2. The procedure must reliably implement the theory.

To determine unknown distances between a cellphone and nearby towers, technology must account for variables that affect electromagnetic pulses that transmit over unknown distances. Some of these are intrinsic to the NELOS system; others are external. "Timing delay typically is caused by various source[s], e.g., mismatches among electronic elements and components (e.g., impedance mismatch), stray capacitances and inductances, length of the antenna(s) cable(s) in base station(s); tower height of base station, . . . signal path scattering, . . . strong reflections, etc."5

The patents acknowledge that NELOS sometimes fails to adjust for timing delay. "[T]iming and delay errors can be compensated for where the errors in delay and timing can be determined."6 Also, different amounts of data may be available in different areas and that disparity can impact the technology's ability to correct for the delays.7 Further, the technology assumes, without any justification stated in the patents, that "cell site delay" "is relatively stable over periods of hours to days."8 All of these unverified assumptions and unanswered questions about how the theory was implemented provide grounds for a court to exclude the results of cellphone location technology pursuant to Rule 702(C)(2).

3. The procedure must be conducted in a way that will yield accurate results.

NELOS has evolved even in the few years it has existed. The patents reveal a string of refinements. This implies, of course, that improvements were needed.

Lawyers facing cellphone location evidence should always investigate the reliability of the version of the technology used on the day in question. Subsequent revisions might mean that a problem affected the prior version's reliability. The proponent has the burden under Rule 702(C)(3) of demonstrating that the technology as it was implemented adhered to the patents that describe its functionality.

Follow the Rule

Evidence Rule 702(C) provides a framework for lawyers and courts to assess whether cellular providers' novel inventions are reliable enough to be admissible in evidence. Rule 702(C) provides the template for assessing the reliability of novel procedures, tests and experiments. In the area of cellphone location technology, these processes are becoming ever more common.

Endnotes

1 Cols. 13, 13-21; 14, 24-40.
2 #8,224,349 col. 9, 21-24.
3 #8,494,557 col. 9, 36-37; #8,886,219 col. 9, 27-29.
4 522 U.S. 136, 146 (1997).
5 #8,224,349 col. 6, 60–7, 5.
6 #8,224,349 col. 7, 6-8.
7 #8,494,557 col. 7, 21-24.
8 #8,224,349 col. 9, 6-7; #8,494,557 col. 7, 7-8.

The materials available at this web site are for informational purposes only and not for the purpose of providing legal advice. You should contact your attorney to obtain advice with respect to any particular issue or problem. Use of and access to this web site or any of the links contained within the site do not create an attorney-client relationship between Thacker Robinson Zinz LPA and the user or browser. The opinions expressed at or through this site are the opinions of the individual author and may not reflect the opinions of the firm or any individual attorney.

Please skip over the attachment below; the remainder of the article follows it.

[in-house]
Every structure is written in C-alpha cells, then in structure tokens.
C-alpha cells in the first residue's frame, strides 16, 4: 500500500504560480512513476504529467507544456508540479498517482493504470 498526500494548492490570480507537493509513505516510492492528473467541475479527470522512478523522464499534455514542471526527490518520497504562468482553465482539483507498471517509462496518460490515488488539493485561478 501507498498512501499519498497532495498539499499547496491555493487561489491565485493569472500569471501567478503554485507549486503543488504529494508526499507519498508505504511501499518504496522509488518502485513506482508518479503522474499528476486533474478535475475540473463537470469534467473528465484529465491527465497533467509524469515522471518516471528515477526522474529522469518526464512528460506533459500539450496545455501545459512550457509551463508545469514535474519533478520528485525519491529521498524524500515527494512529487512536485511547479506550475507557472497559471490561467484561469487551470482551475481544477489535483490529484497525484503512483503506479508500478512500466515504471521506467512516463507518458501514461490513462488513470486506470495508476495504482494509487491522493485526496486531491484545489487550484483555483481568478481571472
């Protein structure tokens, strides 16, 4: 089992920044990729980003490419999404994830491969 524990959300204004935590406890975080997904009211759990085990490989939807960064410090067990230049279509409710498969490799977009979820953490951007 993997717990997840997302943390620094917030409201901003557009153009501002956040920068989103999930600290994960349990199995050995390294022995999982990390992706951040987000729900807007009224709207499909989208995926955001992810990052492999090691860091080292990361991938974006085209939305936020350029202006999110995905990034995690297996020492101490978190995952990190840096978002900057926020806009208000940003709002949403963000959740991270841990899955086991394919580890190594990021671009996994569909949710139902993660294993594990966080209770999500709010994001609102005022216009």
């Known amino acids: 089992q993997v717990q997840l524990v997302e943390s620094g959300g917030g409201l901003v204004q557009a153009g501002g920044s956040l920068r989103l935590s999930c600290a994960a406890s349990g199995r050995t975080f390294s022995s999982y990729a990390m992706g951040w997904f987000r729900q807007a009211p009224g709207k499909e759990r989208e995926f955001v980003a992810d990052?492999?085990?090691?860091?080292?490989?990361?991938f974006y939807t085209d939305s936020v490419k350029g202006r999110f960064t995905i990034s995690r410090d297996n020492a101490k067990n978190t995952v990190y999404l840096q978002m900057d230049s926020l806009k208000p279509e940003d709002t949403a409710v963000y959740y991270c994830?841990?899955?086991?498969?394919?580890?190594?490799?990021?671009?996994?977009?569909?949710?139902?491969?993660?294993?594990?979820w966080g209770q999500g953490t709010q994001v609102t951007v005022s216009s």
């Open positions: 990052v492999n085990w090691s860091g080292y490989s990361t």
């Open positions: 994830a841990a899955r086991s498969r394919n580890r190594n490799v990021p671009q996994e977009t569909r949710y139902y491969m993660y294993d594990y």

Back to posts
Print article

Assessing Advanced Cellphone Location Evidence

By: Nathan Oswald​​
Featured in Ohio Lawyer, Vol. 31, No. 6 (reprinted with permission)

Your cellphone thinks it knows where you are. Even when the GPS is off.

In recent years, all the major cellular providers have developed advanced technology that purports to determine the approximate locations of cellphones on the providers' networks, even without GPS. Law enforcement has been especially interested in this technology for locating a cellphone before, during, or after a crime. It offers the same promise in civil cases. Because this evidence is the product of complicated technological processes, jurors may be tempted to believe that the processes are infallible.

The Ohio Rules of Evidence requires that evidence like this meet certain minimum standards. Rule 702(C) sets threshold criteria that the proponent must satisfy for the admission of evidence derived from novel scientific or technical processes.

A brief overview of advanced cellphone location technology

Verizon's latest technology for locating cellphones on its network is called RTT (Round Trip Time). Sprint has PCMD (Per Call Measurement Data), and AT&T developed NELOS (Network Event Location System). This article focuses on NELOS as an example of the recent inventions.

According to AT&T's patents, NELOS relies on the time it takes electromagnetic pulses to travel between a cellphone and nearby cellular towers to determine a cellphone's distance from the towers—optimally to within 25 meters. But the rate at which electromagnetic radiation travelsthe speed of light in a vacuum​is delayed somewhat in the real world by factors unrelated to distance. These factors include the user's cellphone, components of the communications network, the atmosphere, physical obstructions, etc.

The reliability of the NELOS procedure depends on the validity of AT&T's algorithms and the accuracy of how they adjust for the fact​ors other than distance that affect the travel time of network data.

Rule 702(C) sets threshold criteria for novel technological processes